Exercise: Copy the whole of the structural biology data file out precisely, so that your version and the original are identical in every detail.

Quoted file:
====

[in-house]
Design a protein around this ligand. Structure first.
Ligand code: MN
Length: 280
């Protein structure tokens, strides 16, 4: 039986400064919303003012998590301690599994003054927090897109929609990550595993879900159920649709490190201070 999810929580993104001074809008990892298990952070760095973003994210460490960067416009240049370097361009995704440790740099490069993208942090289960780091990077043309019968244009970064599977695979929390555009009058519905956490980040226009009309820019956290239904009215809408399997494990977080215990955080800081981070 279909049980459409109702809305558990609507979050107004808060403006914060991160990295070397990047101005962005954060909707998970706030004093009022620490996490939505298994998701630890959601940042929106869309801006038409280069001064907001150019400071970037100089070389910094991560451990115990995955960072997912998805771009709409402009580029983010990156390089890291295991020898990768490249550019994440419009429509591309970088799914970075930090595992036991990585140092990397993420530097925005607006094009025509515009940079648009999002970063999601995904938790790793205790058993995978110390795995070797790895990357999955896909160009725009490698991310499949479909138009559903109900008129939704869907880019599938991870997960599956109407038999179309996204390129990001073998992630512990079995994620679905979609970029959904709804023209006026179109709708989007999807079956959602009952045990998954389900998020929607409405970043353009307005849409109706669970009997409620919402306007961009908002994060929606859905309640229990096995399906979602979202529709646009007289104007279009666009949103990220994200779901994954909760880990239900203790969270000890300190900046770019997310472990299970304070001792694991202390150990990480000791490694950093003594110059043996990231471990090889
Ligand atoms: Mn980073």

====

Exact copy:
[in-house]
Design a protein around this ligand. Structure first.
Ligand code: MN
Length: 280
């Protein structure tokens, strides 16, 4: 039986400064919303003012998590301690599994003054927090897109929609990550595993879900159920649709490190201070 999810929580993104001074809008990892298990952070760095973003994210460490960067416009240049370097361009995704440790740099490069993208942090289960780091990077043309019968244009970064599977695979929390555009009058519905956490980040226009009309820019956290239904009215809408399997494990977080215990955080800081981070 279909049980459409109702809305558990609507979050107004808060403006914060991160990295070397990047101005962005954060909707998970706030004093009022620490996490939505298994998701630890959601940042929106869309801006038409280069001064907001150019400071970037100089070389910094991560451990115990995955960072997912998805771009709409402009580029983010990156390089890291295991020898990768490249550019994440419009429509591309970088799914970075930090595992036991990585140092990397993420530097925005607006094009025509515009940079648009999002970063999601995904938790790793205790058993995978110390795995070797790895990357999955896909160009725009490698991310499949479909138009559903109900008129939704869907880019599938991870997960599956109407038999179309996204390129990001073998992630512990079995994620679905979609970029959904709804023209006026179109709708989007999807079956959602009952045990998954389900998020929607409405970043353009307005849409109706669970009997409620919402306007961009908002994060929606859905309640229990096995399906979602979202529709646009007289104007279009666009949103990220994200779901994954909760880990239900203790969270000890300190900046770019997310472990299970304070001792694991202390150990990480000791490694950093003594110059043996990231471990090889
Ligand atoms: Mn980073």